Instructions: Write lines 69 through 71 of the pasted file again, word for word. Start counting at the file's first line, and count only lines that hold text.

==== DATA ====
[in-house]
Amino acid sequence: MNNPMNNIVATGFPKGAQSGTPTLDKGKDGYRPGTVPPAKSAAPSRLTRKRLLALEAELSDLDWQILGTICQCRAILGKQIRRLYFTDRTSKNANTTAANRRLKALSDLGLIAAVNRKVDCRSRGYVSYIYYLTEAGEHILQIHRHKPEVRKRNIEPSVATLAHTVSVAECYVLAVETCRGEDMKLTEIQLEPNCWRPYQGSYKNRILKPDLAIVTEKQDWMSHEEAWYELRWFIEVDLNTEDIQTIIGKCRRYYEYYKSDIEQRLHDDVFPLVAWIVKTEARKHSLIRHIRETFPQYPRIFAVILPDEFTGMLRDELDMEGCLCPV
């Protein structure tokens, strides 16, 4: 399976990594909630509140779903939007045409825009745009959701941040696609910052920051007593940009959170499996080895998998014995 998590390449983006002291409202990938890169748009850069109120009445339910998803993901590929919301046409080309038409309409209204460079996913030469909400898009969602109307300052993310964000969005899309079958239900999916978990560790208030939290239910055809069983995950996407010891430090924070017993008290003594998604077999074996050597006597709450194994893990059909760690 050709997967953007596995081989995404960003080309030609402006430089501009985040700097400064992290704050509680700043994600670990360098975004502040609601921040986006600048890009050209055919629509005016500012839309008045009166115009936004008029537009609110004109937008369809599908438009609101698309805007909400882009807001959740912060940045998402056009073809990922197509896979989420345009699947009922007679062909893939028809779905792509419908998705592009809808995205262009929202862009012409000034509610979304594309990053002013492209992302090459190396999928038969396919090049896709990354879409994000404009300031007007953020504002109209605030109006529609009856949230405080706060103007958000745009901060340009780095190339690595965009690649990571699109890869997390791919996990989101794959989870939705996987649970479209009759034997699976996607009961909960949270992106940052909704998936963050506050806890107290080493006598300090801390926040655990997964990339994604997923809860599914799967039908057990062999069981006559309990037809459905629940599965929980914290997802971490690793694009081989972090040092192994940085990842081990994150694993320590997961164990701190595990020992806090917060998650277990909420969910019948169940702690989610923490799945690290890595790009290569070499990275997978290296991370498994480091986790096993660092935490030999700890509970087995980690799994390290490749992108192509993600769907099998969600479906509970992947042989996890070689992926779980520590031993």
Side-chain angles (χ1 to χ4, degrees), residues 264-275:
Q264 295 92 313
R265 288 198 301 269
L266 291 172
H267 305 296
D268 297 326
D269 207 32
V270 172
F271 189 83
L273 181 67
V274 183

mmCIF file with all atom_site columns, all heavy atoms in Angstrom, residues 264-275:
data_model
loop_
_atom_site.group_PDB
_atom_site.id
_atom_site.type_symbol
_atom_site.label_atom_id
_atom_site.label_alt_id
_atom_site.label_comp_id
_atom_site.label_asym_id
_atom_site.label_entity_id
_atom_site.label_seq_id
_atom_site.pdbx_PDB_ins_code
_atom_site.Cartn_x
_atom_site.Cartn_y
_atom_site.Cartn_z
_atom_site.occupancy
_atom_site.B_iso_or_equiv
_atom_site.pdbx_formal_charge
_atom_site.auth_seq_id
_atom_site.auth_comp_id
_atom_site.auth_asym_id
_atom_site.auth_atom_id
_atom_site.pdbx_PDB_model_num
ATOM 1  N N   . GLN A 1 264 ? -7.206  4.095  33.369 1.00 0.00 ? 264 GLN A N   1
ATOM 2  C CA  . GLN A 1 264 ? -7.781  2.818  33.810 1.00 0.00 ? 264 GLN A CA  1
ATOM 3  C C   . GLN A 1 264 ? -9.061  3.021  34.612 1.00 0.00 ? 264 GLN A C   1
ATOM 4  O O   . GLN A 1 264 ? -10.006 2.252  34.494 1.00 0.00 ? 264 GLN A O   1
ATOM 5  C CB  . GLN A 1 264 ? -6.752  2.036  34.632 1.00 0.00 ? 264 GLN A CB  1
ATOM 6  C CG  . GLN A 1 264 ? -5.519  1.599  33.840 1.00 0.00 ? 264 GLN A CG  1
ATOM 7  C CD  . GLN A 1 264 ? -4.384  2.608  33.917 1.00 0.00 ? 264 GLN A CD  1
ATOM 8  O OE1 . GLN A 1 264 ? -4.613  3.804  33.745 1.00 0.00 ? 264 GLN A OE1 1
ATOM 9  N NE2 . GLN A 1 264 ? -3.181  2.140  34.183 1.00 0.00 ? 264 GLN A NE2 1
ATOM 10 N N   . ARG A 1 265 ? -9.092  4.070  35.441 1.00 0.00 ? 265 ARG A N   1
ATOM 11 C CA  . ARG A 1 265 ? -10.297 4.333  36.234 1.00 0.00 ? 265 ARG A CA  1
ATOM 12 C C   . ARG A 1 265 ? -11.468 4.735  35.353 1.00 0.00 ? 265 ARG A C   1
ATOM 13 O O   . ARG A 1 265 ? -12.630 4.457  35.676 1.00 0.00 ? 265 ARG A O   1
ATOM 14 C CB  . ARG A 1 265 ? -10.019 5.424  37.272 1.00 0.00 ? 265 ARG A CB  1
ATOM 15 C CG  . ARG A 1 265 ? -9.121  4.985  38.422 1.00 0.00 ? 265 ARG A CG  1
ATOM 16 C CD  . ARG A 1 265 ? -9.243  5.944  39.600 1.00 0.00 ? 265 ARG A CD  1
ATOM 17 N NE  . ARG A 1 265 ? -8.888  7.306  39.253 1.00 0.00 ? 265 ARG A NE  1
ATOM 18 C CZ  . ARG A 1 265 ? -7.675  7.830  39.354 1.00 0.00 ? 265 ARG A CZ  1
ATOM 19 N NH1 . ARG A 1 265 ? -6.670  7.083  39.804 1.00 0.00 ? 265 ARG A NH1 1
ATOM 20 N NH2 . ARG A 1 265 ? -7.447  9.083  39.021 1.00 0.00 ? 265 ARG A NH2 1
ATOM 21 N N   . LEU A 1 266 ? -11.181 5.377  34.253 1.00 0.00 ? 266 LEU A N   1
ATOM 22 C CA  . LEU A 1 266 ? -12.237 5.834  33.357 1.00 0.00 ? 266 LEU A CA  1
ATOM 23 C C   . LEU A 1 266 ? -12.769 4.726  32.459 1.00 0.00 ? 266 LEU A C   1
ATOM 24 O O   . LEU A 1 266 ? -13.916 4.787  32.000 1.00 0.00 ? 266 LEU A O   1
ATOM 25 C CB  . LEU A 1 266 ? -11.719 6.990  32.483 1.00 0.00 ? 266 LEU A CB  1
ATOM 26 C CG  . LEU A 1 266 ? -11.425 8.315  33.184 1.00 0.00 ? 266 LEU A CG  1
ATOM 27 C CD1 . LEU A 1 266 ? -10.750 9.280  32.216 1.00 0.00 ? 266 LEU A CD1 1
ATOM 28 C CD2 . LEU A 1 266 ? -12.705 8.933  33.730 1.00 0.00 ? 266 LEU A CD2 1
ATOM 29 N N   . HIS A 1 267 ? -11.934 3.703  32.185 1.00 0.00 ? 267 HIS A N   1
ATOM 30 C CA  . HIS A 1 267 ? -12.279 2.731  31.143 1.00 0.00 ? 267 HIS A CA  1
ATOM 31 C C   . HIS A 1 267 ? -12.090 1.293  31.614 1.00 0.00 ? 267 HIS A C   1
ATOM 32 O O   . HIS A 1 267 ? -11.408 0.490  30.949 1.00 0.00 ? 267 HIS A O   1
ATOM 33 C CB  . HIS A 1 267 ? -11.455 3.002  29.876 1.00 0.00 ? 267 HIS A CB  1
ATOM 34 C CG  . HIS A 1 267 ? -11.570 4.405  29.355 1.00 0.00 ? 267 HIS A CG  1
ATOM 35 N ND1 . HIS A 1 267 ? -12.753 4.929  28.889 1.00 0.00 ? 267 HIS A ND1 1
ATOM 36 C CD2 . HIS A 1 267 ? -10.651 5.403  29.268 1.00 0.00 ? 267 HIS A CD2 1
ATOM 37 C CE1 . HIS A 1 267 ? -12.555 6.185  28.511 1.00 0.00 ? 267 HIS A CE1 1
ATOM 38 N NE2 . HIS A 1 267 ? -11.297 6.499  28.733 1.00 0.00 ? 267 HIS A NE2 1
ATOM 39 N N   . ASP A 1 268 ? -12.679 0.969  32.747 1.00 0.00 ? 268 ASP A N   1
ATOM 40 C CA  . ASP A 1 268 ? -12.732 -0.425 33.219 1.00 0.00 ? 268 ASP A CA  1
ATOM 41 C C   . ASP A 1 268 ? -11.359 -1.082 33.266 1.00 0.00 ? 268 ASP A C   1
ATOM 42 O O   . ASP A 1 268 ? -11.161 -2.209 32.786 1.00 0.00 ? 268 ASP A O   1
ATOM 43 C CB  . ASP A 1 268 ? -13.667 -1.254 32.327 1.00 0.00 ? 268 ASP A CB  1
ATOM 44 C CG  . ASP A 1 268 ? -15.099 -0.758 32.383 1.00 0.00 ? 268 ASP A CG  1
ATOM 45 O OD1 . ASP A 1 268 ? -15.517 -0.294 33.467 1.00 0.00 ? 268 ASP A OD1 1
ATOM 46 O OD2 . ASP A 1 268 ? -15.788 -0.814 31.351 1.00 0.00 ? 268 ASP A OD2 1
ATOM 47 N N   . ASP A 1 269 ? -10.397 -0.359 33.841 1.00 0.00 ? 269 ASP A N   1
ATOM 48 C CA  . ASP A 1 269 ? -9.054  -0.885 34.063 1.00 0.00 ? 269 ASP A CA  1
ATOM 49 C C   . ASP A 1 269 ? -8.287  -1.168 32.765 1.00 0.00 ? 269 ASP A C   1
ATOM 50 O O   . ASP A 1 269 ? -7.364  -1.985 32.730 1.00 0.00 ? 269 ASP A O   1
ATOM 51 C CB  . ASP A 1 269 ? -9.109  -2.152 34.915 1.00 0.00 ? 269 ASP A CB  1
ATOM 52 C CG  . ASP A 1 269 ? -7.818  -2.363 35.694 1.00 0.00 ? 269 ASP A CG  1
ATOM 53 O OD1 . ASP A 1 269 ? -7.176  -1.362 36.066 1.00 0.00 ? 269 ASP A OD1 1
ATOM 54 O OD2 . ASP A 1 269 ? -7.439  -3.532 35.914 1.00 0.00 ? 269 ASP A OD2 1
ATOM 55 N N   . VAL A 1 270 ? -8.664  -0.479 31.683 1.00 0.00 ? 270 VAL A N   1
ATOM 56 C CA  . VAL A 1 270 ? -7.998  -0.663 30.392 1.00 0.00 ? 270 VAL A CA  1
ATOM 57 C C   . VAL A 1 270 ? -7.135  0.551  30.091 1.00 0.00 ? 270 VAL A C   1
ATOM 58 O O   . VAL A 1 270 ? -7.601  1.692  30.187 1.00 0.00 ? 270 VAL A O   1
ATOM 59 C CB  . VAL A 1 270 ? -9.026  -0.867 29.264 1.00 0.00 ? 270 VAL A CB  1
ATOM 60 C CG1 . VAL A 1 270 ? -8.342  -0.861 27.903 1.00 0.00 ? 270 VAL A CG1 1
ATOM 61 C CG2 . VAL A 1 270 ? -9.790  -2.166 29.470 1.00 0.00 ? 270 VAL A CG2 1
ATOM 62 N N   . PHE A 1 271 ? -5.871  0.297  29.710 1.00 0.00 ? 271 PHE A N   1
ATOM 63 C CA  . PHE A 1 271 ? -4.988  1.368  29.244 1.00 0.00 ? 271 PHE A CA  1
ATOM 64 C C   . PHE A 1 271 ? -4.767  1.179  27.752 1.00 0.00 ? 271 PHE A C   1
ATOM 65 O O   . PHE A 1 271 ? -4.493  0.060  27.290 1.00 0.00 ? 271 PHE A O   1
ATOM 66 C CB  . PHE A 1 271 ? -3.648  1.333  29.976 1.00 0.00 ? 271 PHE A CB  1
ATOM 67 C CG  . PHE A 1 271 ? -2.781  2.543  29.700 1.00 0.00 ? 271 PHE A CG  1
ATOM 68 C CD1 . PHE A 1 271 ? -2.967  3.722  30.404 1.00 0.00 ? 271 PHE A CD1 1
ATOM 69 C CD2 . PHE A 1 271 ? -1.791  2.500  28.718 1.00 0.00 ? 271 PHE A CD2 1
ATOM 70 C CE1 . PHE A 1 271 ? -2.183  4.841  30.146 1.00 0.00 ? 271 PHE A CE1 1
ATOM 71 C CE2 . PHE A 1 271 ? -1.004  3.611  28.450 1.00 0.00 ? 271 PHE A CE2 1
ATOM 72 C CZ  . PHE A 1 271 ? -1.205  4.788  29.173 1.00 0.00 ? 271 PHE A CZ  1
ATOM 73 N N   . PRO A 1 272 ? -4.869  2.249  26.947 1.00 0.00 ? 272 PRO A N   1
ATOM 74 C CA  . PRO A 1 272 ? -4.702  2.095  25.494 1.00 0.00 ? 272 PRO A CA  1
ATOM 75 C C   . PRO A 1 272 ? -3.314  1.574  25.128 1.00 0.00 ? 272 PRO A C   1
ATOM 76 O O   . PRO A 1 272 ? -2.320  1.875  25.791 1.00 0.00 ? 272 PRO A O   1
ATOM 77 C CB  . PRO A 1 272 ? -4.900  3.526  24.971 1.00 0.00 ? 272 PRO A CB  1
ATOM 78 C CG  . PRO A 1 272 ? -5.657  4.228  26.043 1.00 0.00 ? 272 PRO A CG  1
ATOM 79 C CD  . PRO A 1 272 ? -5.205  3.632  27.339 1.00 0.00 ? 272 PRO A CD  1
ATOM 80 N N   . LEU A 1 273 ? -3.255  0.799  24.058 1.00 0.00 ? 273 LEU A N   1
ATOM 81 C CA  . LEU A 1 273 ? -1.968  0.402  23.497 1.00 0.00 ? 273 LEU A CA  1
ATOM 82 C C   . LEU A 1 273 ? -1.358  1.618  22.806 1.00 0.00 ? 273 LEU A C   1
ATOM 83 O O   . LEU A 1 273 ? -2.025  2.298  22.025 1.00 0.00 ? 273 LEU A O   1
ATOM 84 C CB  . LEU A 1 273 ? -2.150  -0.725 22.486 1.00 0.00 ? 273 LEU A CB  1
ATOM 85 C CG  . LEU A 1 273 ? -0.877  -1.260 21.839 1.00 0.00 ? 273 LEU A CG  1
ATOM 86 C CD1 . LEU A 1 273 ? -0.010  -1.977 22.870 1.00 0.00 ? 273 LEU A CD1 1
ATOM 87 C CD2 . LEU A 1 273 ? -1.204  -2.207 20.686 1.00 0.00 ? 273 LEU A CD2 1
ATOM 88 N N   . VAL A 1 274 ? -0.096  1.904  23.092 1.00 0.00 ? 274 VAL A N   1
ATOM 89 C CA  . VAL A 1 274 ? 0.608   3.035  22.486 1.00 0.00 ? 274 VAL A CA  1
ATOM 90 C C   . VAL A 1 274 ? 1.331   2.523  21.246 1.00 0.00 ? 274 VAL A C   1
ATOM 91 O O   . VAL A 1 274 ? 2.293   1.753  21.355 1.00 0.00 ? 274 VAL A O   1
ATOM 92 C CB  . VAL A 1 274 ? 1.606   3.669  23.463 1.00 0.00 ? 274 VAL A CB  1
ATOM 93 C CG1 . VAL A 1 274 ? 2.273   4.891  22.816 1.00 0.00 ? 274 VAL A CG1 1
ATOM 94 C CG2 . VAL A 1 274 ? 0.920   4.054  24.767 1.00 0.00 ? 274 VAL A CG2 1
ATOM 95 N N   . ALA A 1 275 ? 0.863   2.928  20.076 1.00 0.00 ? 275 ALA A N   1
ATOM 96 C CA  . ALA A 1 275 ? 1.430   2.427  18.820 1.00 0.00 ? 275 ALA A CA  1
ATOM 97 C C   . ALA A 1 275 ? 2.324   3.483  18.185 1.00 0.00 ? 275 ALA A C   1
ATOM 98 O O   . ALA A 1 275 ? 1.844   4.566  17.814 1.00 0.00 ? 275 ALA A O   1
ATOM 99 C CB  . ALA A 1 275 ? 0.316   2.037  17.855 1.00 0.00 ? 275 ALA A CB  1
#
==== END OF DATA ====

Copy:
ATOM 31 C C   . HIS A 1 267 ? -12.090 1.293  31.614 1.00 0.00 ? 267 HIS A C   1
ATOM 32 O O   . HIS A 1 267 ? -11.408 0.490  30.949 1.00 0.00 ? 267 HIS A O   1
ATOM 33 C CB  . HIS A 1 267 ? -11.455 3.002  29.876 1.00 0.00 ? 267 HIS A CB  1